I've been trying to understand the Fast Multipole Method but not really getting anywhere.

It seems like the fastest mainstream N-body simulation algorithm, and I would like to implement it in an efficient javascript version, mostly for amusement in browsers.

My math is pretty weak, but my programming is strong, relatively speaking. For example, I'm not even sure what "expansion" means mathematically in this context.

Can the implementation of FMM be described simply with words? Or is understanding of the math required?

  • $\begingroup$ Your mileage may vary, but while I could imagine using an implementation of the Fast Multipole Method without understanding its mathematical justification, I would think a substantial understanding was needed to write and test an implementation. $\endgroup$ – hardmath Feb 1 '16 at 15:19
  • $\begingroup$ In terms of expansion: Expansion, or series expansion, is a method to approximate a function using a summation of a sequence of terms. The approximation gets better as more terms are added. See en.m.wikipedia.org/wiki/Taylor_series for more details. $\endgroup$ – Charles Feb 2 '16 at 5:11

Actually I might have found a good explanation of the algorithm here: https://github.com/davidson16807/fast-multipole-method

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    $\begingroup$ Perhaps you could add a few more words about how this link leads to an answer of your Question? What does it really explain about the algorithm that you found useful, esp. as regards understanding or not understanding the math per your Question's context? If a link should go bad, knowing more about what was originally there can help to replace or recover it. Also it gives a Reader more of a basis to decide whether a link is worth following. $\endgroup$ – hardmath Feb 1 '16 at 15:22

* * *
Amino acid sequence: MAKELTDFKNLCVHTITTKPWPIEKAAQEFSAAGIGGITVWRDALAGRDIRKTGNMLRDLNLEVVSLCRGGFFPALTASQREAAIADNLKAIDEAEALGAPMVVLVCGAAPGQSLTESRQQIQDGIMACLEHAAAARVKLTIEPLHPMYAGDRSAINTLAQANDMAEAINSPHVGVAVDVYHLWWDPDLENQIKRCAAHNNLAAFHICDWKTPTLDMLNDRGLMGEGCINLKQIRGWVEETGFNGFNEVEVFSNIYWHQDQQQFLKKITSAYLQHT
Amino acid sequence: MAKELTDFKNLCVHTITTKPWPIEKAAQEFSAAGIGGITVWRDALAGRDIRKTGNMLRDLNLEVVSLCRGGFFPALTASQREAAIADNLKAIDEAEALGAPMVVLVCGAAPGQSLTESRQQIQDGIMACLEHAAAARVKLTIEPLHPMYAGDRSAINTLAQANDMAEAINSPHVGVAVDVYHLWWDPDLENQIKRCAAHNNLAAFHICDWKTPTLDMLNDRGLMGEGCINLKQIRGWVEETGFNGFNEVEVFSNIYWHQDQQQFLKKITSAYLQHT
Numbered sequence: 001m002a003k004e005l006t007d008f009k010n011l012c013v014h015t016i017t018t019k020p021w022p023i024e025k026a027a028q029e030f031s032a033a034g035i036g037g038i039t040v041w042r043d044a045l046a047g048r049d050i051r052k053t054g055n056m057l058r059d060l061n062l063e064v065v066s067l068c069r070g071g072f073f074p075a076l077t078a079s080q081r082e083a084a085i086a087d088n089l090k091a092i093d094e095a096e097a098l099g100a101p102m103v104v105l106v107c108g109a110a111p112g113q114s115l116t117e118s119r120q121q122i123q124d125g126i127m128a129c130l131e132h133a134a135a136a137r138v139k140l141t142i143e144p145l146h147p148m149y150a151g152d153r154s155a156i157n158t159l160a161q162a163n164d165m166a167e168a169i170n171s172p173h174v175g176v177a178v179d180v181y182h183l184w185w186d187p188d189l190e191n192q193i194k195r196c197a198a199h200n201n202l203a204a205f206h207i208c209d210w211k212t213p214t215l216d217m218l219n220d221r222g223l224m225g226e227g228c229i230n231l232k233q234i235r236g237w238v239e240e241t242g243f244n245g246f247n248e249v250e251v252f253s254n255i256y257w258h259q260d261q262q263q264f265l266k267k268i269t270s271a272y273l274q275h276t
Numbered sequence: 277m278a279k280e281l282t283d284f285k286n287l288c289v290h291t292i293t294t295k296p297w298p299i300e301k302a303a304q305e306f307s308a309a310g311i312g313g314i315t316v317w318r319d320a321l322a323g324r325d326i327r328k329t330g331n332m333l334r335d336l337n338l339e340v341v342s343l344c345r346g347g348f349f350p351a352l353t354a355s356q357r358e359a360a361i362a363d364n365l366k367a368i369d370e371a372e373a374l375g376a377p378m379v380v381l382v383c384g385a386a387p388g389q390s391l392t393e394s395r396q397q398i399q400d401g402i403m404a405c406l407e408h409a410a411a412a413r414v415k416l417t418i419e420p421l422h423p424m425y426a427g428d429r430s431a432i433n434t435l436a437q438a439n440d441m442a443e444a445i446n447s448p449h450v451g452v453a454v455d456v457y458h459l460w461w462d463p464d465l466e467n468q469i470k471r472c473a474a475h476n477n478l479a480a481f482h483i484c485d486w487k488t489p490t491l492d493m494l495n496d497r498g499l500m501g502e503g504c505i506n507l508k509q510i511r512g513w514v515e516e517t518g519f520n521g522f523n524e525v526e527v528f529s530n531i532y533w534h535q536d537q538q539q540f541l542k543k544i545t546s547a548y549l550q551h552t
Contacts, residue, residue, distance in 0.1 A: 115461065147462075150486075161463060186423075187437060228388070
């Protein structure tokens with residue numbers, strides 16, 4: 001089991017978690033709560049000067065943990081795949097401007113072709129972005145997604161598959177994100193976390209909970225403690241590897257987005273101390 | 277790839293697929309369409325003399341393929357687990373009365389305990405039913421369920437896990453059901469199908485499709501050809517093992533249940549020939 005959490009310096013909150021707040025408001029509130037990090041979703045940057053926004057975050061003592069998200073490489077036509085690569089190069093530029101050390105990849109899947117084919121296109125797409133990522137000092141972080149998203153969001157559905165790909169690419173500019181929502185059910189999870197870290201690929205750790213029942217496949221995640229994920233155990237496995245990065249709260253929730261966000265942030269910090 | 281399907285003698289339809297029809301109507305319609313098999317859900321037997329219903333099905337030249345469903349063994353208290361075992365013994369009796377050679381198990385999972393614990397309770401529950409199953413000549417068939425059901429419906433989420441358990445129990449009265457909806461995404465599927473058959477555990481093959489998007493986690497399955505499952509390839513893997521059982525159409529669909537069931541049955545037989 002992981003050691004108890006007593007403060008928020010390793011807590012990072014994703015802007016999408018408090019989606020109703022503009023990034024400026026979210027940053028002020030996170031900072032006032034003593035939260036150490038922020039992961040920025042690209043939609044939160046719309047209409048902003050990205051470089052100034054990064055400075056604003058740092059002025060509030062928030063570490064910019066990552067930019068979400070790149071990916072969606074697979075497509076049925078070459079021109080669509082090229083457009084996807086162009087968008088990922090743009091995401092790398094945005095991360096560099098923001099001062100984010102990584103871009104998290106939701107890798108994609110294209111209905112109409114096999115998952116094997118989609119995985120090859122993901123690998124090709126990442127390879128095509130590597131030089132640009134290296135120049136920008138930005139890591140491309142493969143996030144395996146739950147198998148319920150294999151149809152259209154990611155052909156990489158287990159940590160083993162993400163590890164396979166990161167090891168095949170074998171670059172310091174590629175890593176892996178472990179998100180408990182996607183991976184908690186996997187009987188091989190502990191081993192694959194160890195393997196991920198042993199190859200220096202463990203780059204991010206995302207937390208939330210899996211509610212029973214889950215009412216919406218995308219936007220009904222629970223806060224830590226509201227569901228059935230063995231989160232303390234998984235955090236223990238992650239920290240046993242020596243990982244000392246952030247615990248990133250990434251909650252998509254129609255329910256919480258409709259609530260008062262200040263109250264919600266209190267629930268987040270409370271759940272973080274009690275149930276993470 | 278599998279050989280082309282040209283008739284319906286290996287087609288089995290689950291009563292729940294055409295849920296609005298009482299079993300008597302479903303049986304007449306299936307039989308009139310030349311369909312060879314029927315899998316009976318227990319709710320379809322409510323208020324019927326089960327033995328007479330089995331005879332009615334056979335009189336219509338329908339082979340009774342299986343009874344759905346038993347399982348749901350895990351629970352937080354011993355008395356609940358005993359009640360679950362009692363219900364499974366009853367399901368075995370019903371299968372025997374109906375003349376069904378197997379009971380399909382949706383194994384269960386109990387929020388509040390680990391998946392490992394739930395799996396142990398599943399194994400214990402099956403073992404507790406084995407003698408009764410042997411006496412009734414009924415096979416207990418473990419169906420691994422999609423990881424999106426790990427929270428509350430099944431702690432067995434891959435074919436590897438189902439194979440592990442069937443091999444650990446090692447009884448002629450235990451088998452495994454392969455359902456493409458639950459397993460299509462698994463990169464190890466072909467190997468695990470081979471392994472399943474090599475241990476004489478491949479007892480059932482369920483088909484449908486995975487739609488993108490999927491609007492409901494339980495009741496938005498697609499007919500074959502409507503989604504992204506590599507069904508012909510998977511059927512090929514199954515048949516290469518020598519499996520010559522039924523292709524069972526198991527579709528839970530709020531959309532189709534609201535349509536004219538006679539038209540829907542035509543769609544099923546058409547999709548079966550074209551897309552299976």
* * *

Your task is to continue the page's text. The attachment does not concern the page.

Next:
I've put together a graphical, non-mathematical explanation of the fast multipole method here.

The animations help a lot, but in words: the fast multipole method would be a lot less scary if it were called 'the recursive approximation method'. It constructs a hierarchy of approximations to the field you're trying to calculate, and uses the big approximations at big scales and small approximations at small scales.

The 'multipole' bit of the name comes from the traditional choice of approximation to use, a Laurent series. The Laurent series is defined around a 'pole', and multiple approximations make for multiple poles! But really, the choice of approximation is not the crucial bit of the whole scheme.

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    $\begingroup$ Please add the details to your answer. Link-only posts are not considered suitable for this site since the link may get broken in the future. $\endgroup$ – nicoguaro Jul 23 '20 at 20:38

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